Similarly, if they eliminate a school from contention entirely, it isn’t out of line to remove it during the process. For example, if they already have nine colleges listed and, while adding details about a tenth they figure out one of the schools on the worksheet is solidly beaten out by the others or just isn’t a realistic option, they can remove it.
However, they should do so with caution, particularly if they don’t have all of the facts. For instance, deleting a school because of the cost may seem like a good idea. But, if they are applying for external scholarships that could make it affordable and haven’t found out if they are getting the award, then why not keep it on the list, at least for now?
Most spreadsheets can store TONS of data, so having a lot of schools on the list isn’t hurting anything from that perspective. Plus, even massive worksheets don’t take up a lot of space on your cloud drive, so there shouldn’t be a storage issue there either.
Ultimately, your student should add data for any school they are considering. That way, when its time to turn their college comparison worksheet into a college decision spreadsheet, they are all set.
How Do I Turn This into a College Decision Spreadsheet?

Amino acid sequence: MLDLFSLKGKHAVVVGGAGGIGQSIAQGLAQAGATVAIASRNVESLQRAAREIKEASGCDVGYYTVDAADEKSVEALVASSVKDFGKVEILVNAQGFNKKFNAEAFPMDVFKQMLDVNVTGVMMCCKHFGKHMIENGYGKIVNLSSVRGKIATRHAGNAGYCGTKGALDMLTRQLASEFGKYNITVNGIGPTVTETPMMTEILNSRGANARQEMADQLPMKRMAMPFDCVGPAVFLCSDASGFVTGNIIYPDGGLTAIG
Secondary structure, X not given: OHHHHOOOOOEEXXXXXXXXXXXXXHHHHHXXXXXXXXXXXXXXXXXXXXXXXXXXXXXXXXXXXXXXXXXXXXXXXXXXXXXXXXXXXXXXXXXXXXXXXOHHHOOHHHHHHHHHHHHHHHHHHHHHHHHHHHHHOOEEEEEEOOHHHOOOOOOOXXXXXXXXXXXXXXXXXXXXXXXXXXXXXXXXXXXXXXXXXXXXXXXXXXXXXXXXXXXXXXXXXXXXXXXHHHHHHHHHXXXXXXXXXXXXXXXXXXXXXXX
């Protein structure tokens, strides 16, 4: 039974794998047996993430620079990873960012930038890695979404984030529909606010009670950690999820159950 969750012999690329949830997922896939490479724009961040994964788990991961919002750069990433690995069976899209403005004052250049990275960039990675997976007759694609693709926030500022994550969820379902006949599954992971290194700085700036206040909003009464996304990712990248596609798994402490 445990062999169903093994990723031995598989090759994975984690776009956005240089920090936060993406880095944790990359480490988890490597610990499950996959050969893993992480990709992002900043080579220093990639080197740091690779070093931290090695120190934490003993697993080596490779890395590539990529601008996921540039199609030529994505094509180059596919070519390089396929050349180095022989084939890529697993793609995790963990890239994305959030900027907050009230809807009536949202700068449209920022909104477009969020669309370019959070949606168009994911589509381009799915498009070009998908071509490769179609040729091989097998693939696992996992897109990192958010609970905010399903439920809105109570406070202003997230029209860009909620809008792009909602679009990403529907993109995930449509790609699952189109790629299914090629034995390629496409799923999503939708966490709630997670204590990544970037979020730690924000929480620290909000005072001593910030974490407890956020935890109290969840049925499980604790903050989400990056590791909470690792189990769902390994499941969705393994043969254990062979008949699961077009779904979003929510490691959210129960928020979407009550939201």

One of the best things about the document your student creates is how easily it can become a college selection spreadsheet. Whether your student uses Microsoft Excel or Google Sheets, the result is a highly sortable and filterable spreadsheet.
For example, your student can organize the information based on the total cost of attending, the percentage of need met, the average financial aid package, or any other column, or hide colleges from view that don’t hit a certain standard.
In Google Sheets, your student simply goes to the Data tab (sixth menu option from the left) on their college selection worksheet to sort by a chosen column or filter based on specific criteria. For Microsoft Excel users, they just need to click on the Sort & Filter option in the Editing section (far righthand side) of the Home tab.
With sorting and filtering, your student can compare what each school has to offer with ease. However, this isn’t necessarily the only comparison they should perform.
Taking It to the Next Level: The Scholarship System’s College Cost Comparison Calculator
While the college comparison spreadsheet does capture basic financial information for each school, using a college cost comparison calculator is a smart move.
These calculators allow your student to get a better picture of what a school will cost out-of-pocket as they take into consideration other sources of funding.
For example, if your student will be working to help pay for their education, that impacts the amount of financial aid they need. Similarly, scholarships that work at any college should be factored in, as well as any federal grants or student loans they will get based on their FAFSA.